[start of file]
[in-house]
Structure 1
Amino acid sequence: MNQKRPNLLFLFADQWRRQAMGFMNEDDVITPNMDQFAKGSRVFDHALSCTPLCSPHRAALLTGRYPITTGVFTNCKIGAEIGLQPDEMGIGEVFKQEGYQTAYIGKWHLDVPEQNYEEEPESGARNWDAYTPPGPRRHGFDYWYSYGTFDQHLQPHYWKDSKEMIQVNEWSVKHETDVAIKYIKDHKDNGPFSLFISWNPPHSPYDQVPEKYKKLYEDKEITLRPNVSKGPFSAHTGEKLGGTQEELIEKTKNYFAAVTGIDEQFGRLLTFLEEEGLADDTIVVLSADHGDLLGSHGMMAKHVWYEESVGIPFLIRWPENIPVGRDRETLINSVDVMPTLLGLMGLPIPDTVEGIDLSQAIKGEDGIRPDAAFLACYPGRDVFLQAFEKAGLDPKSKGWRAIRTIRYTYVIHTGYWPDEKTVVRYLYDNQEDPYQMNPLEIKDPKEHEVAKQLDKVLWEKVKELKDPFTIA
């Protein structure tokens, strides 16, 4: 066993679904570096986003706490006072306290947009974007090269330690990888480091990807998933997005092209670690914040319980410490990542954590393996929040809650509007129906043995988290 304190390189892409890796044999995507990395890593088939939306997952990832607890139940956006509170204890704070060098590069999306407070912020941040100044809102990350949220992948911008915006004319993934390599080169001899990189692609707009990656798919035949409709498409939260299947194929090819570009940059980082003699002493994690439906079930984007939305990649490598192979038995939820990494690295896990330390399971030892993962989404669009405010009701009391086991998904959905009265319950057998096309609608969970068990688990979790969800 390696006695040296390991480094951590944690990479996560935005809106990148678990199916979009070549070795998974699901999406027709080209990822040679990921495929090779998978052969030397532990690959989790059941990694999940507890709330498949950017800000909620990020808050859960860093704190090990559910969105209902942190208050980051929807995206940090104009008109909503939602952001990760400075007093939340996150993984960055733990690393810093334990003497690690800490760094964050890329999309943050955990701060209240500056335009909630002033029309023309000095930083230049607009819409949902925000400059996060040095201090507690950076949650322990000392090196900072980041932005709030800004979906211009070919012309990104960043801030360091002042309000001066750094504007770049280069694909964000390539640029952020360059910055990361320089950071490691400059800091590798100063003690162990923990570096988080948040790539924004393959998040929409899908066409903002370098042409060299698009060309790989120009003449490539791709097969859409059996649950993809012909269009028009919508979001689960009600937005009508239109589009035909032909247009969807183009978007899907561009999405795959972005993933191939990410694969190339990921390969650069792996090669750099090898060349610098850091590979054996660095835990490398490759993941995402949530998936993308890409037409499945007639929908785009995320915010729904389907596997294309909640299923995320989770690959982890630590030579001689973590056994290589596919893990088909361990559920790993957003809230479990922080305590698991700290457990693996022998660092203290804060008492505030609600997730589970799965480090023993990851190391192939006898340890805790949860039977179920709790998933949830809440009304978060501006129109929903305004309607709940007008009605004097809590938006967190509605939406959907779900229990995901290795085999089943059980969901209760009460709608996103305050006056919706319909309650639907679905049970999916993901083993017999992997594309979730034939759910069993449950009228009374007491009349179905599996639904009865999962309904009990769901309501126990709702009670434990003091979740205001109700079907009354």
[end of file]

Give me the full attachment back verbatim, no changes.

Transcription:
[in-house]
Structure 1
Amino acid sequence: MNQKRPNLLFLFADQWRRQAMGFMNEDDVITPNMDQFAKGSRVFDHALSCTPLCSPHRAALLTGRYPITTGVFTNCKIGAEIGLQPDEMGIGEVFKQEGYQTAYIGKWHLDVPEQNYEEEPESGARNWDAYTPPGPRRHGFDYWYSYGTFDQHLQPHYWKDSKEMIQVNEWSVKHETDVAIKYIKDHKDNGPFSLFISWNPPHSPYDQVPEKYKKLYEDKEITLRPNVSKGPFSAHTGEKLGGTQEELIEKTKNYFAAVTGIDEQFGRLLTFLEEEGLADDTIVVLSADHGDLLGSHGMMAKHVWYEESVGIPFLIRWPENIPVGRDRETLINSVDVMPTLLGLMGLPIPDTVEGIDLSQAIKGEDGIRPDAAFLACYPGRDVFLQAFEKAGLDPKSKGWRAIRTIRYTYVIHTGYWPDEKTVVRYLYDNQEDPYQMNPLEIKDPKEHEVAKQLDKVLWEKVKELKDPFTIA
């Protein structure tokens, strides 16, 4: 066993679904570096986003706490006072306290947009974007090269330690990888480091990807998933997005092209670690914040319980410490990542954590393996929040809650509007129906043995988290 304190390189892409890796044999995507990395890593088939939306997952990832607890139940956006509170204890704070060098590069999306407070912020941040100044809102990350949220992948911008915006004319993934390599080169001899990189692609707009990656798919035949409709498409939260299947194929090819570009940059980082003699002493994690439906079930984007939305990649490598192979038995939820990494690295896990330390399971030892993962989404669009405010009701009391086991998904959905009265319950057998096309609608969970068990688990979790969800 390696006695040296390991480094951590944690990479996560935005809106990148678990199916979009070549070795998974699901999406027709080209990822040679990921495929090779998978052969030397532990690959989790059941990694999940507890709330498949950017800000909620990020808050859960860093704190090990559910969105209902942190208050980051929807995206940090104009008109909503939602952001990760400075007093939340996150993984960055733990690393810093334990003497690690800490760094964050890329999309943050955990701060209240500056335009909630002033029309023309000095930083230049607009819409949902925000400059996060040095201090507690950076949650322990000392090196900072980041932005709030800004979906211009070919012309990104960043801030360091002042309000001066750094504007770049280069694909964000390539640029952020360059910055990361320089950071490691400059800091590798100063003690162990923990570096988080948040790539924004393959998040929409899908066409903002370098042409060299698009060309790989120009003449490539791709097969859409059996649950993809012909269009028009919508979001689960009600937005009508239109589009035909032909247009969807183009978007899907561009999405795959972005993933191939990410694969190339990921390969650069792996090669750099090898060349610098850091590979054996660095835990490398490759993941995402949530998936993308890409037409499945007639929908785009995320915010729904389907596997294309909640299923995320989770690959982890630590030579001689973590056994290589596919893990088909361990559920790993957003809230479990922080305590698991700290457990693996022998660092203290804060008492505030609600997730589970799965480090023993990851190391192939006898340890805790949860039977179920709790998933949830809440009304978060501006129109929903305004309607709940007008009605004097809590938006967190509605939406959907779900229990995901290795085999089943059980969901209760009460709608996103305050006056919706319909309650639907679905049970999916993901083993017999992997594309979730034939759910069993449950009228009374007491009349179905599996639904009865999962309904009990769901309501126990709702009670434990003091979740205001109700079907009354």